Hoffman delights in this prequel to Practical Magic, as three siblings discover both the power and curse of their magic. Susanna Owens fled her home in Massachusetts and settled in New York, where she marries and, with her husband, raises their three children, Franny, Jet, and Vincent. Susanna has done her best to keep them away from the powers of magic by forbidding such things as wearing black and using Ouija boards. But the children can’t deny their special abilities to perform such feats as communicating with animals and reading others’ thoughts. As they continue to grow older in the rapidly changing world of the late 1950s, the children’s curiosity about their heritage is rewarded when they are invited to visit their Aunt Isabelle in Massachusetts. There, the children hone their magical skills and discover that an ancestor had cursed them so that disaster would befall anyone who fell in love with them. The three siblings struggle with the curse, sometimes pushing away their beloveds and at other times succumbing to the allure of love only to see it end tragically. Hoffman’s novel is a coming-of-age tale replete with magic and historical references to the early witch trials. The spellbinding story, focusing on the strength of family bonds through joy and sorrow, will appeal to a broad range of readers. Fans of Practical Magic will be bewitched.
Drawing on his own interviews with Holocaust survivor Dita Kraus, who now lives in Israel, Spanish author Iturbe describes the horrors of Auschwitz-Birkenau in unflinching, straightforward prose (smoothly translated by Thwaites) that reflects his journalism background. A fierce lover of books, 14-year-old Dita helps out in the makeshift school of Block 31, the children’s block in the family camp, and volunteers to take care of eight precious but forbidden books, risking certain death if she were to be found out. The role of librarian for Block 31’s tiny collection gives Dita a sense of purpose in a bleak camp where death, torture, and humiliation are omnipresent. As Dita’s story unfolds, alternating between her present circumstances at the camp and her memories of Prague and the ghetto of Terezín (“a city where the streets led nowhere”), Iturbe interweaves the names and stories of other survivors and victims of Auschwitz, turning the narrative into a monument of remembrance and history. All but guaranteed to send readers searching for more information, this is an unforgettable, heartbreaking novel. Ages 13–up.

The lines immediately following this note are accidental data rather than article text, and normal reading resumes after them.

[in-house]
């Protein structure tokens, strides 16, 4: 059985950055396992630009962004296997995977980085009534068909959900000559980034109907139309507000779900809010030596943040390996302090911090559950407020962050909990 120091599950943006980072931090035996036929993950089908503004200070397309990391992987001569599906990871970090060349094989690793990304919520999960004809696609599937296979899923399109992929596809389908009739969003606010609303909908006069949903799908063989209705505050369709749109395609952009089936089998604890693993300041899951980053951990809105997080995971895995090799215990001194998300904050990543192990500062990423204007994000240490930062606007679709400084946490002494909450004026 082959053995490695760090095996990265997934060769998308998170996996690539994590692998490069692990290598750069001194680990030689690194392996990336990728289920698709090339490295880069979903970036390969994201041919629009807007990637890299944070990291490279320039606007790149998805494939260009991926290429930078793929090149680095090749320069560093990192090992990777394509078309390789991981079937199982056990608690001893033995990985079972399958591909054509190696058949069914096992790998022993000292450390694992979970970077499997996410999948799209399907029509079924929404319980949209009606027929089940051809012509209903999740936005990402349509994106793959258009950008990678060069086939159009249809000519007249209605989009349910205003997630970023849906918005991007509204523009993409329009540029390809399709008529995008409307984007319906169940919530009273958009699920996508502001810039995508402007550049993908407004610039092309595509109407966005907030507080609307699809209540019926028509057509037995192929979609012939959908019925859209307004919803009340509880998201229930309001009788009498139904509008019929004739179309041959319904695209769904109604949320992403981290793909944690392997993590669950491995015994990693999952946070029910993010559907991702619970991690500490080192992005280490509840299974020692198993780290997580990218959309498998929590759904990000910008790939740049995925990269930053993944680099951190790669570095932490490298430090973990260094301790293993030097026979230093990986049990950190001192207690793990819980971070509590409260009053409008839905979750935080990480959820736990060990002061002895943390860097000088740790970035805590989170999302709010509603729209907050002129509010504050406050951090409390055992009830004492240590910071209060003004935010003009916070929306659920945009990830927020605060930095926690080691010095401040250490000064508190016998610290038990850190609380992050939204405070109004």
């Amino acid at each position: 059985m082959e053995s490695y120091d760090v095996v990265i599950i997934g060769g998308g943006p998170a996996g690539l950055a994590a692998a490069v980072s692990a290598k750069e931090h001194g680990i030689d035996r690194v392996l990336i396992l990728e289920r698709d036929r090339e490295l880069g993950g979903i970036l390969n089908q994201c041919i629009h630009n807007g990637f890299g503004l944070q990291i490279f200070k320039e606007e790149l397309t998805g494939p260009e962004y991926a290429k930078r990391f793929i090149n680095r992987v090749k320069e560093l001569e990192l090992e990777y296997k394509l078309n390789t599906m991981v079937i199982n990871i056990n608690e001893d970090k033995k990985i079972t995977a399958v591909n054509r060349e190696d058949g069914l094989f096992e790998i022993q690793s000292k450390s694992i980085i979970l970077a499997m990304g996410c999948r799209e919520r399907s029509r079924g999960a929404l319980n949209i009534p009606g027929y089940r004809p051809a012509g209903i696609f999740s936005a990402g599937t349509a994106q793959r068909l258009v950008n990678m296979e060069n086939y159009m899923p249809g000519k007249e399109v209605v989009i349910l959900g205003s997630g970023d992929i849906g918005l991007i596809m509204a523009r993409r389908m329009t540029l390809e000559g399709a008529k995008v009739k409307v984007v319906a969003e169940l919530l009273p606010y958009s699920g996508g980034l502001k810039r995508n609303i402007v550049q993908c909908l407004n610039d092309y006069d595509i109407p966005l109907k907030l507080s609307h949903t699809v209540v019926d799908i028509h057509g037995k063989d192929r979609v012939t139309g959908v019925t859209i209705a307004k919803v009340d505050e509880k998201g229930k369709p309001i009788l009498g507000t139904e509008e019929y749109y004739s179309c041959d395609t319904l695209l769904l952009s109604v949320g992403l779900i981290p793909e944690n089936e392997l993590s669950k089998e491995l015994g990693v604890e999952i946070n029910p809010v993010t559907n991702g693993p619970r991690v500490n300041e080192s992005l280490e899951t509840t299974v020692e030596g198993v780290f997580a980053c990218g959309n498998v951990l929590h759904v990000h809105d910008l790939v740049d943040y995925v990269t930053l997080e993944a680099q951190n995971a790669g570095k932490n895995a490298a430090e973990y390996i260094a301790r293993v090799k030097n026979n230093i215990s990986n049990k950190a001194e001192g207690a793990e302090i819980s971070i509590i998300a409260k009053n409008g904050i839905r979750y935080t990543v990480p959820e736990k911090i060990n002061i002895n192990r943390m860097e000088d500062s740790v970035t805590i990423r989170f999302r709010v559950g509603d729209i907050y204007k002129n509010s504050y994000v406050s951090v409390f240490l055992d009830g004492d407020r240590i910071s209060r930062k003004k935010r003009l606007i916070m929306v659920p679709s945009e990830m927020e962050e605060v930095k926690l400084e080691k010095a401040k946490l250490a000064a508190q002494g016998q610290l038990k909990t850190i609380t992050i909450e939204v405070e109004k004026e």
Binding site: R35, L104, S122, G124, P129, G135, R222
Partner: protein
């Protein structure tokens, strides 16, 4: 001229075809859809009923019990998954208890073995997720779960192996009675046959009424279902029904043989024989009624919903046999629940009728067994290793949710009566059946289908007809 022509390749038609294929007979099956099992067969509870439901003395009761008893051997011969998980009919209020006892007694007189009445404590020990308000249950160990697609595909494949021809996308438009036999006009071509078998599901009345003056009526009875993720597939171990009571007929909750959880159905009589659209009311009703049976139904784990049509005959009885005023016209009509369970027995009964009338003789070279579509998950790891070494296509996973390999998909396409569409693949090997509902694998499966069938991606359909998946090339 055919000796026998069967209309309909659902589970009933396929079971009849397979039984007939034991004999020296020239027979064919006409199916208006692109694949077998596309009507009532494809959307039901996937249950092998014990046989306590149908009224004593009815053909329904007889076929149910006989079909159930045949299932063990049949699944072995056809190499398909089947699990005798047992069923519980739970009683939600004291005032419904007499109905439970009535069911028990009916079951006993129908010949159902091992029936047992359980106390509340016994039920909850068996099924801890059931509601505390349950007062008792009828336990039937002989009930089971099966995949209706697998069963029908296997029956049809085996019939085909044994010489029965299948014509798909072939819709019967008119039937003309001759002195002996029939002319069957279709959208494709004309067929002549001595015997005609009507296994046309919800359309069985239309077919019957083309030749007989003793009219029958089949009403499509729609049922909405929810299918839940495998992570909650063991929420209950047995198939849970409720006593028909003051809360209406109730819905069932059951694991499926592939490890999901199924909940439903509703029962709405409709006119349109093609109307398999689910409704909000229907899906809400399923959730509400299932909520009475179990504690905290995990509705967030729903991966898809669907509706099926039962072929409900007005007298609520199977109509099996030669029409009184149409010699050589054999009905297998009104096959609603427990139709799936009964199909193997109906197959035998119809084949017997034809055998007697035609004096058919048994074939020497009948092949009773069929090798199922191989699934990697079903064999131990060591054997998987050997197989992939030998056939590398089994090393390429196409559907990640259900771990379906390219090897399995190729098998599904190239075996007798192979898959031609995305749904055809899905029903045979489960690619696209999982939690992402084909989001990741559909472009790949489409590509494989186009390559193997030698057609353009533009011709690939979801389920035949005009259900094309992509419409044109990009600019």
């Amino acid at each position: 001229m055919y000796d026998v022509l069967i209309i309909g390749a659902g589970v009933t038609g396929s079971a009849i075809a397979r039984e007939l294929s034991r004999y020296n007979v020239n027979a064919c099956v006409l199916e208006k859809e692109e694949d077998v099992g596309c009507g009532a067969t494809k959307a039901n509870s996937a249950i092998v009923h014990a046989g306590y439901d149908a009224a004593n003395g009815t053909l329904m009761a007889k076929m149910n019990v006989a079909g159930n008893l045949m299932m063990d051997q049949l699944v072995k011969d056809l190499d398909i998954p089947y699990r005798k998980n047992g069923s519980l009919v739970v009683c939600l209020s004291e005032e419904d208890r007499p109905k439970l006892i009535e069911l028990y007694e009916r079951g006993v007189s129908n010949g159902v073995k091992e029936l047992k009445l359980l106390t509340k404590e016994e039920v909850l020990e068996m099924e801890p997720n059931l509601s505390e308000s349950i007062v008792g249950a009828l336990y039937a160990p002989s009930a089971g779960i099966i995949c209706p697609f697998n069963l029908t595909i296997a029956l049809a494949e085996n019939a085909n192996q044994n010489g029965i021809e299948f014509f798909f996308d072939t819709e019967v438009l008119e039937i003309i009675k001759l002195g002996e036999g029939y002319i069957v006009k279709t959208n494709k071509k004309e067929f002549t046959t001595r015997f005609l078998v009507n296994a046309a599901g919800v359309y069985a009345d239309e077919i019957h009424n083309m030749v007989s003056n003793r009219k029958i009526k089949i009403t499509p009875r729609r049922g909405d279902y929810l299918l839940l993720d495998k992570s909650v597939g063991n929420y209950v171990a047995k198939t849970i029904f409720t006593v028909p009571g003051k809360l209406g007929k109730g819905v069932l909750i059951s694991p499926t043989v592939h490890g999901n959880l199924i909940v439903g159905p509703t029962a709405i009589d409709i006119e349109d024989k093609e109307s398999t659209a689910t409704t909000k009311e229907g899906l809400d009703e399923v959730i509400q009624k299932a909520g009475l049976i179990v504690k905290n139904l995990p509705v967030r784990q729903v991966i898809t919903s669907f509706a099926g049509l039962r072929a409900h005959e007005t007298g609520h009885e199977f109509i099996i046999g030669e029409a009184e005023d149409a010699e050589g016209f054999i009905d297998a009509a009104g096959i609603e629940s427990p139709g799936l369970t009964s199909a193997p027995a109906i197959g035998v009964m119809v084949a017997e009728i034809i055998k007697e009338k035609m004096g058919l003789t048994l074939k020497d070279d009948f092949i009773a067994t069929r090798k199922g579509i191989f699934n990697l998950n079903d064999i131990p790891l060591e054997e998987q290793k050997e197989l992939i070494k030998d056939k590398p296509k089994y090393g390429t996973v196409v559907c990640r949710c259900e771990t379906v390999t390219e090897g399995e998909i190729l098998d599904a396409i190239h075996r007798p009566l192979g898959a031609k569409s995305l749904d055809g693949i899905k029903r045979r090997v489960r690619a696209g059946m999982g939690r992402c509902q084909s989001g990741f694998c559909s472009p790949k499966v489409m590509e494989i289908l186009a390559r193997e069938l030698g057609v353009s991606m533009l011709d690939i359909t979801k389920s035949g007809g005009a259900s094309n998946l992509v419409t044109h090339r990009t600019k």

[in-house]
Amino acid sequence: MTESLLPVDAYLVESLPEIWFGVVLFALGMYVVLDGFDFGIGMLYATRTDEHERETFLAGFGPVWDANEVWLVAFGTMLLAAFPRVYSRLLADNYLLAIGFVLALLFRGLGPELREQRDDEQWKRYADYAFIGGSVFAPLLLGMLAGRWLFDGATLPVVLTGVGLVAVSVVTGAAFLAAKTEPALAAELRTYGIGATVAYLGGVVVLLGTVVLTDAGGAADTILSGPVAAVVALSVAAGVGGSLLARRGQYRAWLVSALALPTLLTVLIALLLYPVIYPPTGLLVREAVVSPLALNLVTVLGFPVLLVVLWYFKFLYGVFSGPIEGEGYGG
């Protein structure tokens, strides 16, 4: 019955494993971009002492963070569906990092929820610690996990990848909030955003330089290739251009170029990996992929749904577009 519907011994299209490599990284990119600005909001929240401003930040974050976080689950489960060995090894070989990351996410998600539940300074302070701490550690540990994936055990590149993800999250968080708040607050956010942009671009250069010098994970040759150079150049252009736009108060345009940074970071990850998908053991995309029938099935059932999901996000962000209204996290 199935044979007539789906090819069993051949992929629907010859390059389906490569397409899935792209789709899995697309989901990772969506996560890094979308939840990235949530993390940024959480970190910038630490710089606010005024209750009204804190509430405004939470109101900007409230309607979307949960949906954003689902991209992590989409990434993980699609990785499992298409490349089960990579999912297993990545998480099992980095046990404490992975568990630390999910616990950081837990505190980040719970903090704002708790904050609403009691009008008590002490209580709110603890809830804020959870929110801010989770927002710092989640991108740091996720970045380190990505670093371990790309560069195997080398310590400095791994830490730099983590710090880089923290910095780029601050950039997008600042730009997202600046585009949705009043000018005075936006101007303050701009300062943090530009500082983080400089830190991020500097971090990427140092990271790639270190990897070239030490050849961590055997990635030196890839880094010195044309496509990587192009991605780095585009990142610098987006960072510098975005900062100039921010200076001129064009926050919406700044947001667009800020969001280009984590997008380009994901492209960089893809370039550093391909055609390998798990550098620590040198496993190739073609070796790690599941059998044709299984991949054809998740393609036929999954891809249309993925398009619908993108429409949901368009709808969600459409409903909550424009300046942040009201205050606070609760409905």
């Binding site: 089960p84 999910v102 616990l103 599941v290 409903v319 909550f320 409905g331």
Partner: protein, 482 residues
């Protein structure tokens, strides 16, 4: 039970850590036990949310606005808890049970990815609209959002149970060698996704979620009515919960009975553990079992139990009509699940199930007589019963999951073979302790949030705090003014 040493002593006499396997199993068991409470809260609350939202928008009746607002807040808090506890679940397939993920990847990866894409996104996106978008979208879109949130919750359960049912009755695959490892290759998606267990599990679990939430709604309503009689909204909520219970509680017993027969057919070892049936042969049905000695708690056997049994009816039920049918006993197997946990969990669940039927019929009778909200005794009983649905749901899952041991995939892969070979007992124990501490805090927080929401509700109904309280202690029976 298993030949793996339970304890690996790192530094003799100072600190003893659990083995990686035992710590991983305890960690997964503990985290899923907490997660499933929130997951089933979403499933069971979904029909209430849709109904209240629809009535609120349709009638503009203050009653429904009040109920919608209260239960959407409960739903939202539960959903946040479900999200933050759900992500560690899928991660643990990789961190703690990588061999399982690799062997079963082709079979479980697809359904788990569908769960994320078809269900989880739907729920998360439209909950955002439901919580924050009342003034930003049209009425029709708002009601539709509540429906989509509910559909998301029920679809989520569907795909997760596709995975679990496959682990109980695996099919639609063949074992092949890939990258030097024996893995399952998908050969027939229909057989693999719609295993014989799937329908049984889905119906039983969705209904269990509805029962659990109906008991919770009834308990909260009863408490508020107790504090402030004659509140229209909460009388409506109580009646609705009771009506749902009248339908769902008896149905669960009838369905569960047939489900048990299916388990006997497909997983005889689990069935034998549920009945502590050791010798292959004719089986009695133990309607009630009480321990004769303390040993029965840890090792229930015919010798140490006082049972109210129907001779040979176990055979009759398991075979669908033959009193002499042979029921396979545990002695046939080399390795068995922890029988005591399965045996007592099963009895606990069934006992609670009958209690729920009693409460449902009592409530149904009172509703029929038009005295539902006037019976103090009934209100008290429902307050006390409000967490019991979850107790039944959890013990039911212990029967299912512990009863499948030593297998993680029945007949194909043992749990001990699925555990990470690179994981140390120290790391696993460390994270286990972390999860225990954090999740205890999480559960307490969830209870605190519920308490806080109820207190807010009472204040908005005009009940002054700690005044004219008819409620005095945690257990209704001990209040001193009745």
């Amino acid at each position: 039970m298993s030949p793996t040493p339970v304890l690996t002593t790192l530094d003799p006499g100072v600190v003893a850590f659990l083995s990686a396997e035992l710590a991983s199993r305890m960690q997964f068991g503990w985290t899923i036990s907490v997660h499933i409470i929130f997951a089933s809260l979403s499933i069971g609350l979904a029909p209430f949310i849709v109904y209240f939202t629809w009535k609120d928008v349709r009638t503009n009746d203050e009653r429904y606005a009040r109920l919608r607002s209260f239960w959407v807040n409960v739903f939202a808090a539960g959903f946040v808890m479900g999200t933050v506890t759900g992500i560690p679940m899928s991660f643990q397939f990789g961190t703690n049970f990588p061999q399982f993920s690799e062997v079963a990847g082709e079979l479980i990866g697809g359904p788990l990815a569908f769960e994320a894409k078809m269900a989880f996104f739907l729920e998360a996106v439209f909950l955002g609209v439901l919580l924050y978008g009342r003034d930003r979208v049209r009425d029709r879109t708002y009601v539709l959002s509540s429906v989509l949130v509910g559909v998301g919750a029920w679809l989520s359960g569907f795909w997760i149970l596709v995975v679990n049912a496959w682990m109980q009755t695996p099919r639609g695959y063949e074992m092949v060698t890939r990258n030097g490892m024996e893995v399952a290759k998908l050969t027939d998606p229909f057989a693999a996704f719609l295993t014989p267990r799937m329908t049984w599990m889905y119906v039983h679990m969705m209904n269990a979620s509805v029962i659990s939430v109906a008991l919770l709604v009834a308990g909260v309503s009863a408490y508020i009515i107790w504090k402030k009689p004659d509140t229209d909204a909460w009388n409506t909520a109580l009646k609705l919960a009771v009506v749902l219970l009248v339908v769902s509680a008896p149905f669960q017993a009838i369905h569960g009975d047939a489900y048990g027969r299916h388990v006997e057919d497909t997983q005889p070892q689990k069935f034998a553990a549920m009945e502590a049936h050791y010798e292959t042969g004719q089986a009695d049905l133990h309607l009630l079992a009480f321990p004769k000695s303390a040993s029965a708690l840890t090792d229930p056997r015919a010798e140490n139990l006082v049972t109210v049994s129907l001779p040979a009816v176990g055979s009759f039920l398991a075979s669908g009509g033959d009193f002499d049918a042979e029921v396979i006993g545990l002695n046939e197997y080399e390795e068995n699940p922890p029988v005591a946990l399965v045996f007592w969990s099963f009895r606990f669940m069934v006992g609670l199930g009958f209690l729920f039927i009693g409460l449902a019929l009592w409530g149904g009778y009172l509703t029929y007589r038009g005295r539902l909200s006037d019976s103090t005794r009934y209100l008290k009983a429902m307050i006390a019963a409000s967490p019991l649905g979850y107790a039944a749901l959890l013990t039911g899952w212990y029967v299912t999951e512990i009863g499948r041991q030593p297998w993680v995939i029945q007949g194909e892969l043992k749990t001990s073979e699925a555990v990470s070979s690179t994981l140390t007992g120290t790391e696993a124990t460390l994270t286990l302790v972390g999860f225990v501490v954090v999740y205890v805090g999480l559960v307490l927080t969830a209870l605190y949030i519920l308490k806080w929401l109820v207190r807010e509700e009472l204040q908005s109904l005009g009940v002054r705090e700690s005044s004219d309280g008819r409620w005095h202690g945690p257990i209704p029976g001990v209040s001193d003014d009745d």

The Apparitionists: A Tale of Phantoms, Fraud, Photography, and the Man Who Captured Lincoln’s Ghost
The “spirit photographs” of William H. Mumler (1832–1884) serve as a touchstone for reflections on photography and its impact on public perceptions of reality in this meticulously researched study of America’s dalliance with spiritualism in the 19th century. Trained as an engraver, Mumler began dabbling in photography in 1862, and the portraits he produced of ghostly loved ones hovering near mortal sitters captivated a culture obsessed with intimations of the afterlife. His best-known photo shows Mary Todd Lincoln being caressed by the ghostly hands of her husband six years after his assassination. Although accused of doctoring his photos and prosecuted for fraud in 1869 in a widely publicized trial, Mumler was acquitted for lack of proof and he eventually earned respect for developing the process by which photos could be directly transferred to newsprint. Manseau (Rag and Bone) provides comprehensive context for his chronicle of Mumler, placing him at the intersection of the Spiritualist movement and the rise of the photographic art, and in the context of the Civil War, which acquainted Americans with death on an unprecedented scale (and which yielded iconic photos by Mathew Brady and Alexander Gardner that were themselves sometimes manipulated for effect). Ultimately, as the author eloquently puts it, Mumler’s trial was as much about “the very nature of the soul and the religious commitments of the country” as it was about a huckster exploiting (and providing reassurance to) the gullible.